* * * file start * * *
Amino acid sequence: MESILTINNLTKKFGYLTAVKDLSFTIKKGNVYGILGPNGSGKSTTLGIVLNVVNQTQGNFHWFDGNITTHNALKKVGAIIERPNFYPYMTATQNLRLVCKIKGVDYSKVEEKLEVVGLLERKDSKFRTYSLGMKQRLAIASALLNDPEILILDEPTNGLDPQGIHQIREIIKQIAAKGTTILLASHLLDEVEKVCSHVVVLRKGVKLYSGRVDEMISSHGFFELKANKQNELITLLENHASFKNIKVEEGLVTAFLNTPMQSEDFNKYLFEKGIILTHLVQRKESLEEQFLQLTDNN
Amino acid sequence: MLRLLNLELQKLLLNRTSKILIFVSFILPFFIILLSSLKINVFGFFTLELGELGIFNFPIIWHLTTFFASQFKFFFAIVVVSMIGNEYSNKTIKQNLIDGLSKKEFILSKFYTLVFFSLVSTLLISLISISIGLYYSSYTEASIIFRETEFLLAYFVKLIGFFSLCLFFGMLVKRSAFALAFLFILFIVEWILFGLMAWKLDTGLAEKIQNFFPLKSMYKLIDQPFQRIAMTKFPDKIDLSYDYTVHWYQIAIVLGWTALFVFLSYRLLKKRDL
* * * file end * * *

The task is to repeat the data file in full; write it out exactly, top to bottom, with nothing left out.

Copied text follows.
Amino acid sequence: MESILTINNLTKKFGYLTAVKDLSFTIKKGNVYGILGPNGSGKSTTLGIVLNVVNQTQGNFHWFDGNITTHNALKKVGAIIERPNFYPYMTATQNLRLVCKIKGVDYSKVEEKLEVVGLLERKDSKFRTYSLGMKQRLAIASALLNDPEILILDEPTNGLDPQGIHQIREIIKQIAAKGTTILLASHLLDEVEKVCSHVVVLRKGVKLYSGRVDEMISSHGFFELKANKQNELITLLENHASFKNIKVEEGLVTAFLNTPMQSEDFNKYLFEKGIILTHLVQRKESLEEQFLQLTDNN
Amino acid sequence: MLRLLNLELQKLLLNRTSKILIFVSFILPFFIILLSSLKINVFGFFTLELGELGIFNFPIIWHLTTFFASQFKFFFAIVVVSMIGNEYSNKTIKQNLIDGLSKKEFILSKFYTLVFFSLVSTLLISLISISIGLYYSSYTEASIIFRETEFLLAYFVKLIGFFSLCLFFGMLVKRSAFALAFLFILFIVEWILFGLMAWKLDTGLAEKIQNFFPLKSMYKLIDQPFQRIAMTKFPDKIDLSYDYTVHWYQIAIVLGWTALFVFLSYRLLKKRDL